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Cost of moving: New Mexico

The mountainous desert region of New Mexico occasionally experiences snow.

The mountainous desert region of New Mexico occasionally experiences snow.

"New Mexico: It's not really new, it's not really Mexico," the old joke goes. But that doesn't mean it's not a wonderful place to move. The state is more than arid desert - much of it is actually mountainous, and many of its cities offer spectacular views on clear afternoons.

Albuquerque may be arguably the hardest city to spell, but rest assured your moving company will know how to get there - it's the largest city in the state, after all. With roughly 545,000 residents, Albuquerque offers big-city amenities with a desert town feel. One thing people who move to the area don't fully realize is that the city - and much of the state, for that matter - is roughly a mile above sea level. Living at that altitude can take some getting used to. For a while, you may find yourself out of breath and dehydrated, but that will pass.

Living in the desert isn't all sunshine and sweltering heat, though Albuquerque gets its fair share of that. But because it's in the "high desert," as it's called, the city also gets a good deal of cold weather. It's even been known to snow from time to time, though not very often and not very much.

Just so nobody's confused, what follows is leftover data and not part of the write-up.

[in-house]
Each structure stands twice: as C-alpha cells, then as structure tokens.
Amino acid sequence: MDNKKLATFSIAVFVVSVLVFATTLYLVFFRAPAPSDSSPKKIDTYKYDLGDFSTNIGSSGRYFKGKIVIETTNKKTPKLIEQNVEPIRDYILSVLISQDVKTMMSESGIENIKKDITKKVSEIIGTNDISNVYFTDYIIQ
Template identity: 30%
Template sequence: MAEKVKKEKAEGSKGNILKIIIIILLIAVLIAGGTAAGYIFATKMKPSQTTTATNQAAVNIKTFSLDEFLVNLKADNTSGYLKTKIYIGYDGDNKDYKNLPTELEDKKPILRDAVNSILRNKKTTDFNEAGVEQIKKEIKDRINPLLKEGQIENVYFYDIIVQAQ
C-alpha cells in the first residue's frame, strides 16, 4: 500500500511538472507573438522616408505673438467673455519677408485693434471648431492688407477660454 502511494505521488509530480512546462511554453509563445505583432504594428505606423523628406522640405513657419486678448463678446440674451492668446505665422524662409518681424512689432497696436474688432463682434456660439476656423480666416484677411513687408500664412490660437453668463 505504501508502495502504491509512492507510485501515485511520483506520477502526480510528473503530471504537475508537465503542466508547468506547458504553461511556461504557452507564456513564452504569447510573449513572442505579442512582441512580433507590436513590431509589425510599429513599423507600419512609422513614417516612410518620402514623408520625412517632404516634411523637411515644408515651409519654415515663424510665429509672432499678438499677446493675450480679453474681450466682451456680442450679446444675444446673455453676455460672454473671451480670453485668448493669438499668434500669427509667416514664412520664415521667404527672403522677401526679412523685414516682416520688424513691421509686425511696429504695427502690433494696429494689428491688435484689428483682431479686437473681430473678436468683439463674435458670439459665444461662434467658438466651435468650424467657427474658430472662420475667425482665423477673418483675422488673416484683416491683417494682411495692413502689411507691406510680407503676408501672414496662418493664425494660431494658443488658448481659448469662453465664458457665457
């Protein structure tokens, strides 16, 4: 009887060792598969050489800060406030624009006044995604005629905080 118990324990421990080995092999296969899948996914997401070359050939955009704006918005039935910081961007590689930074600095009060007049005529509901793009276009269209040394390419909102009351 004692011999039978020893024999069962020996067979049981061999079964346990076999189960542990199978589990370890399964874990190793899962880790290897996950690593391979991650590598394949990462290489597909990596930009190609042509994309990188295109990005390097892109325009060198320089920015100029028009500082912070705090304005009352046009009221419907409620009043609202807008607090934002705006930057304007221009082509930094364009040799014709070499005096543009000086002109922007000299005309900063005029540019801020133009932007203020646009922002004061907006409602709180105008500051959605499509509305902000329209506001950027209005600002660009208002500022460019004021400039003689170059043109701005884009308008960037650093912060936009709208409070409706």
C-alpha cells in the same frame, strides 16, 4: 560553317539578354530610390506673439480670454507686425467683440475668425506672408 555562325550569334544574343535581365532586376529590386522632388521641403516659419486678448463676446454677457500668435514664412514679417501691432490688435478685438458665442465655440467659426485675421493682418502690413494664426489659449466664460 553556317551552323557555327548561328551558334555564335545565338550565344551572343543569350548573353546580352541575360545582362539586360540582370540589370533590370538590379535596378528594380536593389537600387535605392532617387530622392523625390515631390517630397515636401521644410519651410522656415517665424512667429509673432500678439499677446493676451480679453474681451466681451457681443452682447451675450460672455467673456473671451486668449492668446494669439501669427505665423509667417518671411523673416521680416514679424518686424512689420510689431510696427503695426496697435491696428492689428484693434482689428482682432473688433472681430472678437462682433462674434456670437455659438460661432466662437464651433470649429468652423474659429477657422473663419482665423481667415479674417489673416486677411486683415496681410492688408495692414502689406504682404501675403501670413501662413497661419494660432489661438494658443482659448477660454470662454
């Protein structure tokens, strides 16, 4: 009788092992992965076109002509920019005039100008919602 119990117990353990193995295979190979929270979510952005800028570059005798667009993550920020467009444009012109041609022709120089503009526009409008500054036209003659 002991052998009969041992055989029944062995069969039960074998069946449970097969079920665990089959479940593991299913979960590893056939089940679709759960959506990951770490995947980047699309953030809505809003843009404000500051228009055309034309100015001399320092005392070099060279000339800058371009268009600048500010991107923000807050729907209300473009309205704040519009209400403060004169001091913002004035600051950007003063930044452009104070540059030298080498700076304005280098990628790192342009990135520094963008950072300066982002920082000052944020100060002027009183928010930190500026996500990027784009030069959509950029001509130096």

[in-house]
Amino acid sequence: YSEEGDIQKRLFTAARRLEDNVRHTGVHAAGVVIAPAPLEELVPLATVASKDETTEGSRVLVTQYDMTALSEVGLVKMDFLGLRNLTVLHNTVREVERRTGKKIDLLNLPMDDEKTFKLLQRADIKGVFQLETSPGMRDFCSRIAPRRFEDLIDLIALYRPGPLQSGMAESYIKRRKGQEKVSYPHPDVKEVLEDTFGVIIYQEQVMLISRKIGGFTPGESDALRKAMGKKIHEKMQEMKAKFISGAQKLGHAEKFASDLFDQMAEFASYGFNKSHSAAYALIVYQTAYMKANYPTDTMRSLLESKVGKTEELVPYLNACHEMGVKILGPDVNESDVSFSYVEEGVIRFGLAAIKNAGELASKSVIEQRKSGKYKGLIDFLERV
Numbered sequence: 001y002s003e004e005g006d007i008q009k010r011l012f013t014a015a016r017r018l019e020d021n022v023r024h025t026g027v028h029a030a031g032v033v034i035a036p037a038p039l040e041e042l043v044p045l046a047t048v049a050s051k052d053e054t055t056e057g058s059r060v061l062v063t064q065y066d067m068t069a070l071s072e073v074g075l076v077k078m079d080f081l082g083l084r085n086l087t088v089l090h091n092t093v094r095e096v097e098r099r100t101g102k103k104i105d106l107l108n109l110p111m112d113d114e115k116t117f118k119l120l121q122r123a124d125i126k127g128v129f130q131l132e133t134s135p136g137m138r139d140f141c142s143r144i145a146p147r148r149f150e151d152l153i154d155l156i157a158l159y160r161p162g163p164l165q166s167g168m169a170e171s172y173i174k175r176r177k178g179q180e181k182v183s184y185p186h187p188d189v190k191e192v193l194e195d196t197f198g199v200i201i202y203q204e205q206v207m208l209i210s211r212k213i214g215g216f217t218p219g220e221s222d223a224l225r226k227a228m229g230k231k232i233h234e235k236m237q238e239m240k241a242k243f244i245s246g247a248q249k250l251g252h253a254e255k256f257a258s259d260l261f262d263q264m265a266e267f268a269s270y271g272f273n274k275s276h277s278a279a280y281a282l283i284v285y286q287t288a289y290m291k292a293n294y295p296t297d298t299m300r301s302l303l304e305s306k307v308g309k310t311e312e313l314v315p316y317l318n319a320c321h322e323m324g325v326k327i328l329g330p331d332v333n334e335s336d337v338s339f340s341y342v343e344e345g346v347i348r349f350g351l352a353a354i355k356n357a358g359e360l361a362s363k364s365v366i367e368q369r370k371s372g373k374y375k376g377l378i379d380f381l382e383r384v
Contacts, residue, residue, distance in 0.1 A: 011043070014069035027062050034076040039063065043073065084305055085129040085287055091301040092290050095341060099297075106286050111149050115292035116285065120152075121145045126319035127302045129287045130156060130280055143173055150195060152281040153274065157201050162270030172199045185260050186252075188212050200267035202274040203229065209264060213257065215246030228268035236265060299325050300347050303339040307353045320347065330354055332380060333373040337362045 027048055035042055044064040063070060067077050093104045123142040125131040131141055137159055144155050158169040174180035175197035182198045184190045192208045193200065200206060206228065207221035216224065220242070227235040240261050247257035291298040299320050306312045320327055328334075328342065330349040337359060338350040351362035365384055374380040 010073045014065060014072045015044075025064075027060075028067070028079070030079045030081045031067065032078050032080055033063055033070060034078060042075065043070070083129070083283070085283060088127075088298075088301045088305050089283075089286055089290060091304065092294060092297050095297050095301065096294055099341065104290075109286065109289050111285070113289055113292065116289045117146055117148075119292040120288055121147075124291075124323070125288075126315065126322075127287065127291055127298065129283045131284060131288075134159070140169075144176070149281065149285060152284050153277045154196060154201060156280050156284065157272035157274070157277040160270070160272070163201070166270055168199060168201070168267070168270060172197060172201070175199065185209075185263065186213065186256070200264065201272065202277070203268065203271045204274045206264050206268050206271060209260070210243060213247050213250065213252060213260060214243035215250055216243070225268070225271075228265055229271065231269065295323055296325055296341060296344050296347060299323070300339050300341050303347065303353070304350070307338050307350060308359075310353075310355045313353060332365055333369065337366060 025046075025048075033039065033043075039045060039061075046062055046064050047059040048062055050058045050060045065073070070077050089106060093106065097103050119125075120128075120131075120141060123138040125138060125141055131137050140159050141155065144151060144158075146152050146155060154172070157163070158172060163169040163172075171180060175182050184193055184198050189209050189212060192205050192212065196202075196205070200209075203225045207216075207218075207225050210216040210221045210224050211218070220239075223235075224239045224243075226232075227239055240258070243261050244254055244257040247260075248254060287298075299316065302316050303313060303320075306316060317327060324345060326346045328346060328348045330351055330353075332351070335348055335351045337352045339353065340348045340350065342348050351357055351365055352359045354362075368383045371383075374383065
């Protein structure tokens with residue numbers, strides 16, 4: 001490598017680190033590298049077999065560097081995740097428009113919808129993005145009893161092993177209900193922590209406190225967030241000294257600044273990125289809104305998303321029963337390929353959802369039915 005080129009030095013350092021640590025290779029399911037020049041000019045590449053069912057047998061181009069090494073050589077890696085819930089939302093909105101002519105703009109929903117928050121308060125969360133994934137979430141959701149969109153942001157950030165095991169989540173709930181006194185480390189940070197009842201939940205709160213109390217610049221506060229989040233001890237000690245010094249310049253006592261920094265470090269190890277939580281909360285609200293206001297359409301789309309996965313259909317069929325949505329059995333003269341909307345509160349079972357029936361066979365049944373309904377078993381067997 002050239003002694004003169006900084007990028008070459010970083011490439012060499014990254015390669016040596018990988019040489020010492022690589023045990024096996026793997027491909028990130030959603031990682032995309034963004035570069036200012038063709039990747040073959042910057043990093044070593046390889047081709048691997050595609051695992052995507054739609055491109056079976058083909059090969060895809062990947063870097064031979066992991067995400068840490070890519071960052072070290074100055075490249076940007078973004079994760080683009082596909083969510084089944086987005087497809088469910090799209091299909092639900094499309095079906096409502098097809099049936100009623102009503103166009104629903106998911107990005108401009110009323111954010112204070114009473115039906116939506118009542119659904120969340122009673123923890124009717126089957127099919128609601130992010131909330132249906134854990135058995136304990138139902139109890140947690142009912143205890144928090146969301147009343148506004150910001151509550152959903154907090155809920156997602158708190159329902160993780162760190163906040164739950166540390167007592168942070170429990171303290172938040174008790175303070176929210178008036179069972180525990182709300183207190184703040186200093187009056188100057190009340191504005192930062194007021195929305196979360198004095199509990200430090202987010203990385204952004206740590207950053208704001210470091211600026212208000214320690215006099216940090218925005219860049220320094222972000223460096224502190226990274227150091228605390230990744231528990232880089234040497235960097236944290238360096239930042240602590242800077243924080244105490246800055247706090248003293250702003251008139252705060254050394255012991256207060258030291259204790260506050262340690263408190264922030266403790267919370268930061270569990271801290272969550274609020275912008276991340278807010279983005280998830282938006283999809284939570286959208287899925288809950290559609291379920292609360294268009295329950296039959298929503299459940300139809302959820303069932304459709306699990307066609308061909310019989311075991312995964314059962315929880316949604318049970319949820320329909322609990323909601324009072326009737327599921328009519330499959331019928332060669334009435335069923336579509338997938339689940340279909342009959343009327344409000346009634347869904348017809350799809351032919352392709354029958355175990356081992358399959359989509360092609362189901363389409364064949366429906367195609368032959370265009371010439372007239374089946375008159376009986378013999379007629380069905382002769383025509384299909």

There are a great many cultural offerings in the state and especially in the Albuquerque area. The entire region was once the stomping ground of the Pueblo Indians, and their influence can still be felt today. At the Indian Pueblo Cultural Center, the state's newest residents - like you - can learn about the oldest residents and life before the settlers. The National Hispanic Cultural Center offers a perspective on the lives of other ethnic groups that call the area home.

If you're interested in calling the area home, median home prices are around $189,700, according to real estate expert Bert Sperling.

A few miles north - and a few thousand feet higher in elevation - is the state's capital, Santa Fe. When it was originally founded in 1610 by the Spanish, it was called Villa Real de la Santa Fé de San Francisco de Asis (translation: Royal City of the Holy Faith of St. Francis of Assisi). Quite a mouthful, eh? Today, Santa Fe is easier to pronounce, but perhaps not so easy to afford. Bert Sperling places the median home price at nearly $300,000.